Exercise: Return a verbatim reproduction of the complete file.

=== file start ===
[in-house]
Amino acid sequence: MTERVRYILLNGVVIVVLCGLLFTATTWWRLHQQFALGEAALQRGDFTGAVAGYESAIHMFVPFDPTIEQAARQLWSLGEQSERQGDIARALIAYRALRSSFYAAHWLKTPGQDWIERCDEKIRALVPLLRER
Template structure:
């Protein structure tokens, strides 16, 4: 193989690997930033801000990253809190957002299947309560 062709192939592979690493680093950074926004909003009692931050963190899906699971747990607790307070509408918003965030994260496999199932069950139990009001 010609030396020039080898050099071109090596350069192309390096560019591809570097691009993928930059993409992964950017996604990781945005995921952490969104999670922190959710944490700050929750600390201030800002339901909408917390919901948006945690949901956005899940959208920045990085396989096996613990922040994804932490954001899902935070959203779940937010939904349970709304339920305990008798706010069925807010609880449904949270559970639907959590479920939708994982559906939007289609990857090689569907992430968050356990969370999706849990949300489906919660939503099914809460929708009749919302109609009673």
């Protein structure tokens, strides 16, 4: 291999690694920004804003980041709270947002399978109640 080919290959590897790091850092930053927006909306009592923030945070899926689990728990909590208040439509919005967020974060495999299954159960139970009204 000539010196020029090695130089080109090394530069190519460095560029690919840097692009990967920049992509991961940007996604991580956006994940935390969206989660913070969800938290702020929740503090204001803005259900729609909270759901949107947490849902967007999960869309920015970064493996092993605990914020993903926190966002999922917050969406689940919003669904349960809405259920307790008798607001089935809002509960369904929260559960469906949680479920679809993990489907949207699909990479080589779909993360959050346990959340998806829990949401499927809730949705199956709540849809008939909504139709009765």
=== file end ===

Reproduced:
[in-house]
Amino acid sequence: MTERVRYILLNGVVIVVLCGLLFTATTWWRLHQQFALGEAALQRGDFTGAVAGYESAIHMFVPFDPTIEQAARQLWSLGEQSERQGDIARALIAYRALRSSFYAAHWLKTPGQDWIERCDEKIRALVPLLRER
Template structure:
């Protein structure tokens, strides 16, 4: 193989690997930033801000990253809190957002299947309560 062709192939592979690493680093950074926004909003009692931050963190899906699971747990607790307070509408918003965030994260496999199932069950139990009001 010609030396020039080898050099071109090596350069192309390096560019591809570097691009993928930059993409992964950017996604990781945005995921952490969104999670922190959710944490700050929750600390201030800002339901909408917390919901948006945690949901956005899940959208920045990085396989096996613990922040994804932490954001899902935070959203779940937010939904349970709304339920305990008798706010069925807010609880449904949270559970639907959590479920939708994982559906939007289609990857090689569907992430968050356990969370999706849990949300489906919660939503099914809460929708009749919302109609009673």
């Protein structure tokens, strides 16, 4: 291999690694920004804003980041709270947002399978109640 080919290959590897790091850092930053927006909306009592923030945070899926689990728990909590208040439509919005967020974060495999299954159960139970009204 000539010196020029090695130089080109090394530069190519460095560029690919840097692009990967920049992509991961940007996604991580956006994940935390969206989660913070969800938290702020929740503090204001803005259900729609909270759901949107947490849902967007999960869309920015970064493996092993605990914020993903926190966002999922917050969406689940919003669904349960809405259920307790008798607001089935809002509960369904929260559960469906949680479920679809993990489907949207699909990479080589779909993360959050346990959340998806829990949401499927809730949705199956709540849809008939909504139709009765």